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Criminals work over Christmas

Online shopping may be convenient, but some people are still concerned about how well protected their online payments are. For good reason; about one in three, 32pc have had financial credentials compromised, and a survey by the IT security product company Kaspersky Lab found that a quarter (26pc) of them never got their money back.

Factors that can potentially put people’s finances at risk include the difficulty in controlling payment credentials’ after they have been used on e-commerce platforms and the variety of payment methods available.

Online shopping is like visiting a giant mall where people can buy items from dozens of different e-commerce platforms. It is no surprise that shoppers may struggle to keep all of their online payment information under control. More than half of people (54pc) are most worried about their financial credentials being accessed by cybercriminals. However, a third (36pc) of respondents have forgotten or not even tried to remember the websites and apps where they have shared their financial details.

As consumers try to ensure their payment credentials are easy to find and remember, one in five (20pc) even prefer to store them on devices. This can make submitting credentials more convenient when people do their shopping online, so they do not have to worry about forgetting them. However, if the device is lost or stolen, a user is at risk of not only losing their personal data but also their money, the cyber firm says, because someone could access their bank account if they found the respective credentials in the smartphone’s notes.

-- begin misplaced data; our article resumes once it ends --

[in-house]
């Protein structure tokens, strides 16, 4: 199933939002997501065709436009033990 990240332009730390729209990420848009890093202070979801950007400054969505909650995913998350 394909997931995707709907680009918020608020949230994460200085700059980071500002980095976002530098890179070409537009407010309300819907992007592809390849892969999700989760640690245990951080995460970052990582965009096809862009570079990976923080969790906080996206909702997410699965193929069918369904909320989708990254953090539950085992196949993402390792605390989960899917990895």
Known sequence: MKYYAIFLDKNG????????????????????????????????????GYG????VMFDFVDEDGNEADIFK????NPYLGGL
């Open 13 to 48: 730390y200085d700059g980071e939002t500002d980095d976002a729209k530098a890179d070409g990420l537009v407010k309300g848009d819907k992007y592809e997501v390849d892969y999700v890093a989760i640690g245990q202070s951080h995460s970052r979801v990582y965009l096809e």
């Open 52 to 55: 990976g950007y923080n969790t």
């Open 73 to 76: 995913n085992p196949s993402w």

The wide range of digital payment methods gives shoppers the freedom to choose their favourite way of buying goods or services. The most preferable method is still debit and credit cards, direct transfers from bank accounts and e-wallets, such as PayPal. However, other payment methods are growing in popularity. Frequent shopping allows people to collect points via loyalty programmes and use them when revisiting a retailer to buy more. And thanks to smartphones and smartwatches, consumers don’t even need to carry around their wallet, physical money or even plastic cards. This has helped to raise the popularity of contactless device payments, such as PayPass and Apple Pay, with a third of shoppers (31pc) using them regularly.

David Emm, Principal Security Researcher at Kaspersky Lab, said: “The Christmas period should be a time for people to celebrate and share gifts with their loved ones. Unfortunately, while their guard is down, cybercriminals remain hard at work to defraud them of their money. We should all remain attentive to our financial data and online payments, no matter the season. People can do this by taking care to avoid using their bank card credentials on untrusted web sites or making payments from unsecured devices.”


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